Monday, November 16, 2009

Re Batching Cold Processed Soap

Hi again.

What attracted me to cold process soap making was the idea of re batching this soap.

Re batching is taking cold or hot processed soap, melting it down with some liquid, and re molding it for another cure time.
Many wonder at those who do this, and most do it to fix a batch of soap they think has gone wrong according to their expectations. The rare person who enjoys this process, because it takes so much longer to have it available for sale, and it takes a lot more involvement with the soap. I was attracted to it to make soap in pretty molds and to be able to scent with more expensive oils.

So, my first 6 batches of loaf soap were unscented so that I could re batch it all.

Was I crazy? Then? Because, that is a lot of soap to re batch not knowing what I was getting into. Now? Because, I still try to re batch. With frustrating results, still. Re batching takes so much longer to re cure and seems to lose scent along the way.

Next time, I'm using milk...I've heard such good things about using milk with which to melt it down.

Re batching is difficult, because according to how dry your soap base is is how much liquid you add. So, often it is guesswork. You want it to liquefy enough to pour into a mold and allow it to fill all crevasses.

My last recipe involved taking a pound of soap to 9 oz. liquid. Still seems a bit much on the liquid end. It melted down and most I was able to pour.

This is my first success as far as very hard bars go. The scent is good in some, less in others. But, I am disappointed in the lather of the bar. I guess adding water to a completed soap might mess the lather properties up. It is harder than cold processed soap, but doesn't lather as well. I like my soap to lather and smell good.
So, it is back to the drawing board once again, because I would like to be able to tell someone how to re batch soap with some measure of confidence.

Thanks for reading. :)SCH

Wednesday, November 4, 2009

Making Comfrey Salve

Hi Salve makers and those who want to learn:

I make a lot of salves that sell extremely well, especially locally. I make a calendula salve that is fragrance free, uses herbs of calendula, st. johnswort, and chamomile, that is often used by Moms and Dads for their young ones as a first aid salve of yore.

This is my most popular selling salve. I suppose
this equates, in large measure, to arnica salve. Both herbs are traditional pain relieving herbs.

Now, I just left the FDA site on do's and don'ts as far as claims of drugs v. cosmetics v. soap. It kind of reads like so many synthetic otc drugs and cosmetics - what the heck is it saying? I come away
thinking I am not to make any claims for comfrey or other herbs
as far as their treatabilities. Not a word, I know, but doesn't it make sense?

Supposedly, the FDA is protecting us from those who would sell us a product that doesn't do a thing it's claimed to do. But, now there are studies out on some herbs that actually validate some old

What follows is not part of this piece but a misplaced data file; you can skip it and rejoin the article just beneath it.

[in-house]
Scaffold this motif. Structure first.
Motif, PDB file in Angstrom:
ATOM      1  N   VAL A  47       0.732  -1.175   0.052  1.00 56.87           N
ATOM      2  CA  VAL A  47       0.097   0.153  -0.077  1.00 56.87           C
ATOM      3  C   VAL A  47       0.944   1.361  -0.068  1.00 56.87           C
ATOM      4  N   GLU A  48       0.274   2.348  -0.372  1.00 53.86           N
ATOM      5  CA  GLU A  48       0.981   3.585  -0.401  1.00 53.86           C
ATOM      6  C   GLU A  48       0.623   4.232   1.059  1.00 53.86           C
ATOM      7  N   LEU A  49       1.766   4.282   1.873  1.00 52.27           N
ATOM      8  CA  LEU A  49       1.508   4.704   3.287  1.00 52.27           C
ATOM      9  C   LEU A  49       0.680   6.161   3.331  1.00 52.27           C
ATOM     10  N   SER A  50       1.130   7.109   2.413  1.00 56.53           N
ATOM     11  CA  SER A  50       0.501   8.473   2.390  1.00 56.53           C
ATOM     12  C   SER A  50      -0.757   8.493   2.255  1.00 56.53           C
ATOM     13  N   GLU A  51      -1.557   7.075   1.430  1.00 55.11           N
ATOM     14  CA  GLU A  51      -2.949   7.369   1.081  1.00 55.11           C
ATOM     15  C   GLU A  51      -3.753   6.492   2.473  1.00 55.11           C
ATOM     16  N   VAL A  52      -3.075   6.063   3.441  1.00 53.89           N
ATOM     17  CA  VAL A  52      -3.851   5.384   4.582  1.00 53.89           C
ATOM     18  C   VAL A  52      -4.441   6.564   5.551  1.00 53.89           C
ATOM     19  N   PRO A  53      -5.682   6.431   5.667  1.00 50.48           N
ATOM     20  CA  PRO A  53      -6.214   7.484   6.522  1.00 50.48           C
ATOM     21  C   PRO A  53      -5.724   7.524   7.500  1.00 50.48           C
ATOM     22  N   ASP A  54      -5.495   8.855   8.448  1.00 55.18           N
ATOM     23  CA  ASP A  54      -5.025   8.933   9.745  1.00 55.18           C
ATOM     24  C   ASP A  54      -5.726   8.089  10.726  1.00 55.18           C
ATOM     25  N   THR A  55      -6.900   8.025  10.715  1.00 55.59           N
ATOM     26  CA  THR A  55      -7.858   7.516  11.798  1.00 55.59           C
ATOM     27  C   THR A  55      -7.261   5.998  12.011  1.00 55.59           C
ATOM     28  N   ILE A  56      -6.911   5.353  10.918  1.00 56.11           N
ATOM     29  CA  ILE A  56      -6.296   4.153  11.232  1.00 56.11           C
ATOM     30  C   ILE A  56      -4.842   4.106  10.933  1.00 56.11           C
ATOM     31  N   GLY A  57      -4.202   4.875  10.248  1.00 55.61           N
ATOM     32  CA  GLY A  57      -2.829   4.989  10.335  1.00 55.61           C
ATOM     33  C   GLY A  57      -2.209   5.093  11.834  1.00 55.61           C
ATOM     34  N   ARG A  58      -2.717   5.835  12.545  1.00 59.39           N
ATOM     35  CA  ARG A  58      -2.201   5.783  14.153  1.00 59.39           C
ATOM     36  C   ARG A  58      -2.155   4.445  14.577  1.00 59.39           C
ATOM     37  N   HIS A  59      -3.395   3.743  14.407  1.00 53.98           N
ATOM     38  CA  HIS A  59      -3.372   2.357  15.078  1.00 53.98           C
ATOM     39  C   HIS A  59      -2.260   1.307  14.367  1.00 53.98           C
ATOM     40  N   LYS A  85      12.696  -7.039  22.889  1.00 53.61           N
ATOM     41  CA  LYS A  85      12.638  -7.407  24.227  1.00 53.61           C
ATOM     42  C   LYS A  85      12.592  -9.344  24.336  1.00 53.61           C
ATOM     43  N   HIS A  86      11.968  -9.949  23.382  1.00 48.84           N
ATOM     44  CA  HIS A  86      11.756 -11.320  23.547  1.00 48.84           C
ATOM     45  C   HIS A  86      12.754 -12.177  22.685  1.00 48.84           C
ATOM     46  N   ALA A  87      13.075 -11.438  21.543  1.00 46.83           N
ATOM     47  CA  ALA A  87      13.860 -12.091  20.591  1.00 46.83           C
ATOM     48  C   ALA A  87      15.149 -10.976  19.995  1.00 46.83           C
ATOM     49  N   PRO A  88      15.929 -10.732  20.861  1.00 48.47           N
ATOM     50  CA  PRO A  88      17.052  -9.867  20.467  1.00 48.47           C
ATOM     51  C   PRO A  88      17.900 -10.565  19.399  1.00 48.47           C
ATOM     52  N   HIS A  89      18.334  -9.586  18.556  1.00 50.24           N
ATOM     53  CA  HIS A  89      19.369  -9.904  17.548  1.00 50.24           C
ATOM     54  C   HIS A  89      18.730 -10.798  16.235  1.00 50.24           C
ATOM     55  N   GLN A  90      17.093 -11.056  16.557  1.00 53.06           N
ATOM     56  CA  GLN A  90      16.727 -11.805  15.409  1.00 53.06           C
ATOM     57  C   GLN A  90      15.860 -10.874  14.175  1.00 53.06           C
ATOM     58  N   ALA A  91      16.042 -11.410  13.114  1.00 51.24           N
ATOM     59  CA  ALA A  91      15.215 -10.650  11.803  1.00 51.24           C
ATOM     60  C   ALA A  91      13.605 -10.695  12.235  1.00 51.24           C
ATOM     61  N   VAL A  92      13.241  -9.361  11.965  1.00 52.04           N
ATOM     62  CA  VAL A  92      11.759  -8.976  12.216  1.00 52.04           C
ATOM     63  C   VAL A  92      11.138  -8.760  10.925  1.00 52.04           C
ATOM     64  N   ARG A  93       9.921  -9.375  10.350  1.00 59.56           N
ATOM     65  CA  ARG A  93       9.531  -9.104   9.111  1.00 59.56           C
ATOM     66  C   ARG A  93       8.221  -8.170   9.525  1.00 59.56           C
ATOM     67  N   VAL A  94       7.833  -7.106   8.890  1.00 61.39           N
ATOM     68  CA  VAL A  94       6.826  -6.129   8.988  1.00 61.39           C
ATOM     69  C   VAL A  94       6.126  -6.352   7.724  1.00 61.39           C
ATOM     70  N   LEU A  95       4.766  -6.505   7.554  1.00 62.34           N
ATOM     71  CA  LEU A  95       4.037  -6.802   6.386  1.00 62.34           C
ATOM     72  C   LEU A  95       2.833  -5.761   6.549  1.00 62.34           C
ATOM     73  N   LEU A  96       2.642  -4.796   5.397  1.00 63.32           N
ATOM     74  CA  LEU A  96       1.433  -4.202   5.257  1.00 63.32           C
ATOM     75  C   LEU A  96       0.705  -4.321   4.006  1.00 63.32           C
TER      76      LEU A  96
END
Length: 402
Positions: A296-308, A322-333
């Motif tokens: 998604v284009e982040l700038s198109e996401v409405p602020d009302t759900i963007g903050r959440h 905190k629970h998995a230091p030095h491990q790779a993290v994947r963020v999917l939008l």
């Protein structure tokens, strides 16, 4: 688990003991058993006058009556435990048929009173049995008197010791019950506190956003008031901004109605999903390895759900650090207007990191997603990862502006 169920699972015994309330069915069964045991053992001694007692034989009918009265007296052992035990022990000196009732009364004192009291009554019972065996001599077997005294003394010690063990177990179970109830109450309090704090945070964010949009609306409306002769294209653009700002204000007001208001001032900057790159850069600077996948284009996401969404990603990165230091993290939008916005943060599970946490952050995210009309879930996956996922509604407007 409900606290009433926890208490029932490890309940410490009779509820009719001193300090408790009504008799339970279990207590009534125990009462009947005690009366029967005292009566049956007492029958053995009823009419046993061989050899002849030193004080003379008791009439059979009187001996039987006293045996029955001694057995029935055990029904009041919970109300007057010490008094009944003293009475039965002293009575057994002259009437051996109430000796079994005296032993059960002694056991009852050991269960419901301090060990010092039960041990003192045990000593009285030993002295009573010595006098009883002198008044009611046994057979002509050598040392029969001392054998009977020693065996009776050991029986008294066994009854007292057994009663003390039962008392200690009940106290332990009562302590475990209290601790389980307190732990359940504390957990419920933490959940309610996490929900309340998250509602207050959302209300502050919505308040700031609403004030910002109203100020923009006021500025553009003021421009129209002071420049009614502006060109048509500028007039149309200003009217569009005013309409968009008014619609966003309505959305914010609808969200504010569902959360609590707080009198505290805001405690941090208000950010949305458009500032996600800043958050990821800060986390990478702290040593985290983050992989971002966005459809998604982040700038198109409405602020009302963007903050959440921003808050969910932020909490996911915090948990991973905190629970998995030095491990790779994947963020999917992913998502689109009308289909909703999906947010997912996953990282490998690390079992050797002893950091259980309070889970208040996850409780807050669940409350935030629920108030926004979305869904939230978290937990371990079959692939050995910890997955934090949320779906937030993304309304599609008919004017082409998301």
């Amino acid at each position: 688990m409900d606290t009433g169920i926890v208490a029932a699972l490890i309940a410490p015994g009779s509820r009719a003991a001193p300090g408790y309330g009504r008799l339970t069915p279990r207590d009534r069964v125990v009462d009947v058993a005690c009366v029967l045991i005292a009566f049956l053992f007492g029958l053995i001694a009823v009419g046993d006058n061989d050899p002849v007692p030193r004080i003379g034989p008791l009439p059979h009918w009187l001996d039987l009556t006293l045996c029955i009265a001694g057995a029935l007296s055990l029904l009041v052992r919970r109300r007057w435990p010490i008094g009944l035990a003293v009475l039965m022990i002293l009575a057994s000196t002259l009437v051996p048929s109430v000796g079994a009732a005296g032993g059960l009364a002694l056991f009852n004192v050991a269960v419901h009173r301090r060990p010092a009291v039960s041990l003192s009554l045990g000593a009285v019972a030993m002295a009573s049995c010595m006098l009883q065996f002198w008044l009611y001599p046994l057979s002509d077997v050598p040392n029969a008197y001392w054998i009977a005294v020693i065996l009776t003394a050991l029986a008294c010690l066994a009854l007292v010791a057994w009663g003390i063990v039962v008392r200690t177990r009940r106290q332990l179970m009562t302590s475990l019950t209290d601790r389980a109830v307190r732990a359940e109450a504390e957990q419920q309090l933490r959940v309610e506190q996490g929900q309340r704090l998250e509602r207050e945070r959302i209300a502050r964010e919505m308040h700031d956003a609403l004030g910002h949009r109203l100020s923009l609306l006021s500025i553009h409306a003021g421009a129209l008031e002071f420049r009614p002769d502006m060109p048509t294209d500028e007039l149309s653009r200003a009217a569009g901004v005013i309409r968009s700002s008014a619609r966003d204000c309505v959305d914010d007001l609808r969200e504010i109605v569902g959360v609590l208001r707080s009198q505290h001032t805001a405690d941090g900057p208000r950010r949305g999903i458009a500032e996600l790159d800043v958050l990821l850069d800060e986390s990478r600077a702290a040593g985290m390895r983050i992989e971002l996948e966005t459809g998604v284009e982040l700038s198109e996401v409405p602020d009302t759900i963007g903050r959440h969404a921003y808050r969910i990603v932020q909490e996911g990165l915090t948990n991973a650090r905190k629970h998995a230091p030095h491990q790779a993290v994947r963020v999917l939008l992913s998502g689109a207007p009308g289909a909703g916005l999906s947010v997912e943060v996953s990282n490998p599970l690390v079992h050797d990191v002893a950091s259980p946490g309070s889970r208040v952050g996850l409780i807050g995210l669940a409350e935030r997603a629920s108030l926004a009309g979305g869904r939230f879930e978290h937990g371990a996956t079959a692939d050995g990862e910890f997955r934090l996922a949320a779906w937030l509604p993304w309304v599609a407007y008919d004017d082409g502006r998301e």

traditional claims.

I'd like to say it's not my war; but,
you see, it is. I make a comfrey salve, a calendula salve, a lavender salve, etc. This is my question to the FDA: what do I tell my customer when they ask me why I make comfrey salve?

This is what it boils down to, though, for you and boils down
to being responsible for your own treatment. It means doing the research and finding those sources you trust and learning
your own body's responses to certain treatments. And, if we could count on all of us to be that
way, we wouldn't need an FDA!!

So, this is a post on my comfrey salve making. Ha ha...I forgot to tell you how to make the salve.

Sunday, November 1, 2009

Dead Sea Mud Pak


I am going to be writing my next few posts on new products I'm introducing in my Etsy shop. In my posts, we are going to be writing about how it is made and why. I'm not giving my recipes away, but I am going to point you in the right direction in the making of them.

Also, many home persons enjoy making their own skin care products as a hobby - this is also for them.
The first item I would like to introduce and write about is my Dead Sea Mud Pak. This product or raw ingredient is good as is. It does not need an add; however, it is what I do. I thought hard about what exactly to add - I wanted my mud to be enhanced and not overwhelmed by other ingredients.

Since my targeted market is maturing, dry, and menopausal skin, I chose aloe vera and carrot seed essential oil as adds to this lovely mud.

New Directions Aromatics writes this about aloe: "Aloe Vera is well respected for its application as a moisturizing agent. It contains vitamin B complex, folic acid, vitamin C and carotene (a precursor of vitamin A)."
Herb Wisdom writes: Aloe vera contains protein, calcium, magnesium, zinc, vitamins A, B12 and E, essential fatty acids and is naturally rich in:

Vitamin C which helps maintain tone of blood vessels and promotes good circulation and is essential to the health of the adrenal gland which supports our body in times of stress.
Amino acids which are chains of atoms constructing protein in our body.
Enzymes, which are the life-principle in every live, organic atom and molecule of natural raw food, rejuvenate aged tissues and promote healthy skin.
Germanium which is a mineral that some health authorities claim therapeutic benefits for: immunodeficiency, pain, cardiac disorders, circulatory disturbances and eye problems.

So, this is a lot of good reason to include aloe vera in my Mud Pak.

I also add carrot seed essential oil. This is considered one of the most potent and
effective maturing skin care essential oil as it is rich in beta carotene, a much needed chemical for our glowing and thriving skin. I give several reasons to use carrot seed oil in my product under my description listing at the shop.

When you are making your own Dead Sea Mud Pak product, this is what you may want to consider:

1. Use very little of each add so as not to disrupt too much the consistency of Dead Sea mud.